Hemophilia A Treatment

The treatment approach to hemophilia depends on the type of hemophilia a person has and its severity. There are two forms of this condition, hemophilia A and hemophilia B, although most cases are hemophilia A.

There are two main approaches to the treatment of hemophilia A. These include:

  • Preventive treatment - This refers to the regular medications that are taken to prevent episodes of bleeding and subsequent complications such as joint damage.
  • Episodic treatment - These treatments are used to manage episodes of prolonged bleeding.

Preventive treatment

Over recent decades, genetically engineered clotting factor medications have been made available to help replenish clotting factors and prevent prolonged bleeding. This medication is administered as an injection on a regular basis in the case of severe hemophilia. Children with hemophilia A are often taught to give self-injections so as to minimize the need for hospital admissions as they pass into adulthood. An implantable port is sometimes surgically placed under the skin (e.g. Port-a-Cath). This is connected to a blood vessel near the heart and can be used each time injections are given. These preventive medications need to be continued lifelong to prevent bleeding episodes.

For hemophilia A, regular injections of a medication called octocog alfa are administered. This is an engineered version of clotting factor VIII, the clotting factor people with hemophilia A are deficient in. Patients are advised to have an injection every 48 hours. Side effects include an itchy skin rash and redness at the injection site.

Epsidodic treatment

In mild or moderate hemophilia, regular preventive treatment is not always required. These patients may only require treatment to manage individual episodes of bleeding. For people with hemophilia A, this may be achieved with injections of octocog alfa or another medication called desmopressin. Desmopressin is a synthetic hormone that stimulates the production of clotting factor VIII.

Further Reading

Last Updated: Feb 25, 2023

Dr. Ananya Mandal

Written by

Dr. Ananya Mandal

Dr. Ananya Mandal is a doctor by profession, lecturer by vocation and a medical writer by passion. She specialized in Clinical Pharmacology after her bachelor's (MBBS). For her, health communication is not just writing complicated reviews for professionals but making medical knowledge understandable and available to the general public as well.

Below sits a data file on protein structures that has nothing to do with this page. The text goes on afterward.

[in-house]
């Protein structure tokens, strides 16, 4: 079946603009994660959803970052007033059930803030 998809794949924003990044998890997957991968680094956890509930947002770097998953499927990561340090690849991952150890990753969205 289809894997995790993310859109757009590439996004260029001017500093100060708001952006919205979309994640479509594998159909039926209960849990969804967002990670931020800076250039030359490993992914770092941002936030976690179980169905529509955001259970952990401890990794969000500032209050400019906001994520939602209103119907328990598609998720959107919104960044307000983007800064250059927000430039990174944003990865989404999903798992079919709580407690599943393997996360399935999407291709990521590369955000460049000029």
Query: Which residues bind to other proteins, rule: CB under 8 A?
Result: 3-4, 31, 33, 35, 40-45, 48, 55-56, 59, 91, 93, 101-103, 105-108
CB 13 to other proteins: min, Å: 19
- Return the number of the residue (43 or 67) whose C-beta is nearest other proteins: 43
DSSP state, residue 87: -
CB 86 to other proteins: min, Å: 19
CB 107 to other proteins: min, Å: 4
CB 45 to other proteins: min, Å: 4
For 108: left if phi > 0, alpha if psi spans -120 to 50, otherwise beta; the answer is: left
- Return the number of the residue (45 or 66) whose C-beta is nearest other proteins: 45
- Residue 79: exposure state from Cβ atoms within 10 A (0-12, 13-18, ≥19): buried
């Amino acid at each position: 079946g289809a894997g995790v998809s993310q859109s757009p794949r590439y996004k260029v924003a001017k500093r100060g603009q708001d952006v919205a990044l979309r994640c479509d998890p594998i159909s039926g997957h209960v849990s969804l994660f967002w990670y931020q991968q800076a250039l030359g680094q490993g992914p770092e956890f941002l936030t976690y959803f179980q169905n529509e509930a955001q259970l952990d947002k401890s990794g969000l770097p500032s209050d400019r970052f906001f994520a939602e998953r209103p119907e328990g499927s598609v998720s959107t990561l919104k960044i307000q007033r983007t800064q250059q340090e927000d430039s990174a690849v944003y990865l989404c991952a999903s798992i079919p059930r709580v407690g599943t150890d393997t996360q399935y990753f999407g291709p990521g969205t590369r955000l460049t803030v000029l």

Citations

Please use one of the following formats to cite this article in your essay, paper or report:

  • APA

    Mandal, Ananya. (2023, February 25). Hemophilia A Treatment. News-Medical. Retrieved on July 19, 2024 from https://www.news-medical.net/health/Haemophilia-A-Treatment.aspx.

  • MLA

    Mandal, Ananya. "Hemophilia A Treatment". News-Medical. 19 July 2024. <https://www.news-medical.net/health/Haemophilia-A-Treatment.aspx>.

  • Chicago

    Mandal, Ananya. "Hemophilia A Treatment". News-Medical. https://www.news-medical.net/health/Haemophilia-A-Treatment.aspx. (accessed July 19, 2024).

  • Harvard

    Mandal, Ananya. 2023. Hemophilia A Treatment. News-Medical, viewed 19 July 2024, https://www.news-medical.net/health/Haemophilia-A-Treatment.aspx.

Comments

The opinions expressed here are the views of the writer and do not necessarily reflect the views and opinions of News Medical.
Post a new comment
Post

While we only use edited and approved content for Azthena answers, it may on occasions provide incorrect responses. Please confirm any data provided with the related suppliers or authors. We do not provide medical advice, if you search for medical information you must always consult a medical professional before acting on any information provided.

Your questions, but not your email details will be shared with OpenAI and retained for 30 days in accordance with their privacy principles.

Please do not ask questions that use sensitive or confidential information.

Read the full Terms & Conditions.